Monday letters: Electoral College, truth, and county commissioners
Electoral College protects rights of smaller states
Ms. Furmansky’s letter about the Electoral college is a classic example of liberal revisionist history. In her Oct. 6 letter in the Post Independent she states,”The Electoral College … was the flawed compromise to address the discrepancy created by the South’s voter eligibility laws.”
Sept. 17, 1787 was when our country’s Constitution, which included the Electoral college, was ratified. Then, only property owning or tax paying white males older than 21 could vote. The situation Ms. Furmansky refers to took place over a century later.
The Electoral College was put in place to protect the rights of smaller states versus larger states. It had nothing to do with race or racism. We are not the State of America, we are the “united” states — 50 separate entities with separate unique interests.
A national popular vote is like letting two wolves and one sheep vote on what’s for lunch. The small state sheep always lose. Why would anyone, Republican or Democrat, give away their state’s sovereignty to the nation as a whole?
I think someone was snoozing in history class.
Truth is on record
As good American citizens we need to respect the vote. It is the rule of law that we live by as members of society. We may or may not agree with the results of an election, but it is following the law that keeps us safe.
There are paper ballots that serve as a record of the vote reflecting the will of the people in this country. Legally challenge them and recount them as you wish but the truth is on record.
Out of darkness into light
Without a doubt, the most disheartening result of this year’s generally disappointing election was Beatriz Soto and Leslie Robinson’s razor thin losses to incumbent Garfield County commissioners John Martin and Mike Samson.
Who cares that one old, white guy is replacing another in the White House? We here in Garfield County had the opportunity to dismiss two old, white guys and have two young, vibrant, progressive women, one a Latina, take their place, and we damn near did it. Close only counts in horseshoes and hand grenades and it won’t get you a cigar, but the narrowness of the margin portends favorably for Garfield County.
Martin complained Soto focused too much on national issues, out of the control of local governments. The commissioners giving $1.5 million of oil and gas mitigation funds to a Denver law firm to fight the regulations set forth by the Air Quality Control Commission to protect public health is a local issue. Wouldn’t that money have been better spent retraining oil and gas workers for other trades in anticipation of the industry’s inevitable demise?
Climate change isn’t just a federal issue, either. With Mitch McConnell blocking any substantive climate legislation to come out of the House the next few years, don’t look for any help from the feds. State and local governments are going to have to take the reins. Colorado, municipalities like Glenwood Springs and Aspen, and counties like Pitkin have done so.
At a recent commissioner’s meeting, Commissioner Tom Jankovsky, who wasn’t up for reelection this time, had the gall to lecture Robinson that her positions on oil and regulations wouldn’t play in District 3, the seat she was running for.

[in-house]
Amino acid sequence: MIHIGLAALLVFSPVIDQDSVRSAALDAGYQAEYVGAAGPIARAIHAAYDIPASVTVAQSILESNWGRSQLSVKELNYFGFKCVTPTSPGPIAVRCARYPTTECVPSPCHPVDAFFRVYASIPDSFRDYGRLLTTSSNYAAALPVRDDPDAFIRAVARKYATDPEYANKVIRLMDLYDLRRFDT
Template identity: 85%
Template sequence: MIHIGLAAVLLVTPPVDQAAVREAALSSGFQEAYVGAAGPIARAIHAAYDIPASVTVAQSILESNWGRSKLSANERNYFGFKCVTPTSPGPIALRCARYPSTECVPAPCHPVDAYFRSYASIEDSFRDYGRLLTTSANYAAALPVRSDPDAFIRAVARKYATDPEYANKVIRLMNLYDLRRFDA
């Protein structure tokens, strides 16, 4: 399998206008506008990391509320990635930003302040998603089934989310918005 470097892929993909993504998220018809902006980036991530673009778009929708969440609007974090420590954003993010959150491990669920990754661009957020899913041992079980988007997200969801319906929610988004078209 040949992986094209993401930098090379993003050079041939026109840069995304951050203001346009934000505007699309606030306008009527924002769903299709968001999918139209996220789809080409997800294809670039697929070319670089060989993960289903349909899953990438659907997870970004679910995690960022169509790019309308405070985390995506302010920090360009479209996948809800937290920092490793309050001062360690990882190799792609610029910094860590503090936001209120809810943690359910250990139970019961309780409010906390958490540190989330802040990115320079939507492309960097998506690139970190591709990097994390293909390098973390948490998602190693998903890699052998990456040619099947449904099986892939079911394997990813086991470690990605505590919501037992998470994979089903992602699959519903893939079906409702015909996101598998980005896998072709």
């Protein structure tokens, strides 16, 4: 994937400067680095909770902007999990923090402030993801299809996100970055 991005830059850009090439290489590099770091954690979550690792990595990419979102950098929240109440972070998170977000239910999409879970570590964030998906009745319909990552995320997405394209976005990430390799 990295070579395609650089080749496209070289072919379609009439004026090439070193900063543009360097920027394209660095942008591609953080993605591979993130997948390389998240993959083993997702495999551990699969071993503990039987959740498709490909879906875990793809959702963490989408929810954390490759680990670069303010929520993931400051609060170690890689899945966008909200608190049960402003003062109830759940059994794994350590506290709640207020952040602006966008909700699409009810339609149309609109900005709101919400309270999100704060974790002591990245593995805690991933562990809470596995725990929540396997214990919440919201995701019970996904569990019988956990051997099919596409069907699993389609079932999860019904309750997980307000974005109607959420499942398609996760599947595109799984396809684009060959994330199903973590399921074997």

What difference does that make? Garfield County isn’t a home rule county. The whole county gets to vote for the commissioners. Good thing for Jankovsky we aren’t a home rule county or Paula Stepp would’ve won in District 1 in the 2018 elections.
Jankovsky shouldn’t get comfortable in that commissioner’s chair. He’s up for reelection in 2022 and the closeness of this year’s tallies reveals the demographics of Garfield County have changed. Incumbent state Sen. Bob Rankin barely nosed out Karl Hanlon in District 8. Joe Biden and 3rd District congressional candidate Diane Mitsch Bush carried Garfield County.
The three senior citizens on the Garfield County commission should keep in mind, the county’s future is younger, more feminine, progressive and darker complected.
Fred Malo Jr.
Keep the Electoral College
The answer is simple to keep the Electoral College. It has nothing to do with slavery like some people think it does. This is the problem with our education system and how history is not taught correctly, and parts of history are left out or rewritten to change history.
The Founders, where quite genius in installing this mechanism for electing the President. If we went by the majority vote all the candidates would have to do is go up and down the western and eastern seaboard to the heavily populated states to campaign and the rest of the country wouldn’t see the candidates or have a say because their populations would be too small for the candidates to campaign in.
According to Alexander Hamilton, the Electoral College is if “not perfect, it is at least excellent,” because it ensured “that the office of the President will never fall to the lot of any man who is not in an eminent degree endowed with the requisite qualifications.” The founders wanted to balance the will of the populace against the risk of “tyranny of the majority,” in which the voices of the masses can drown out minority interests.
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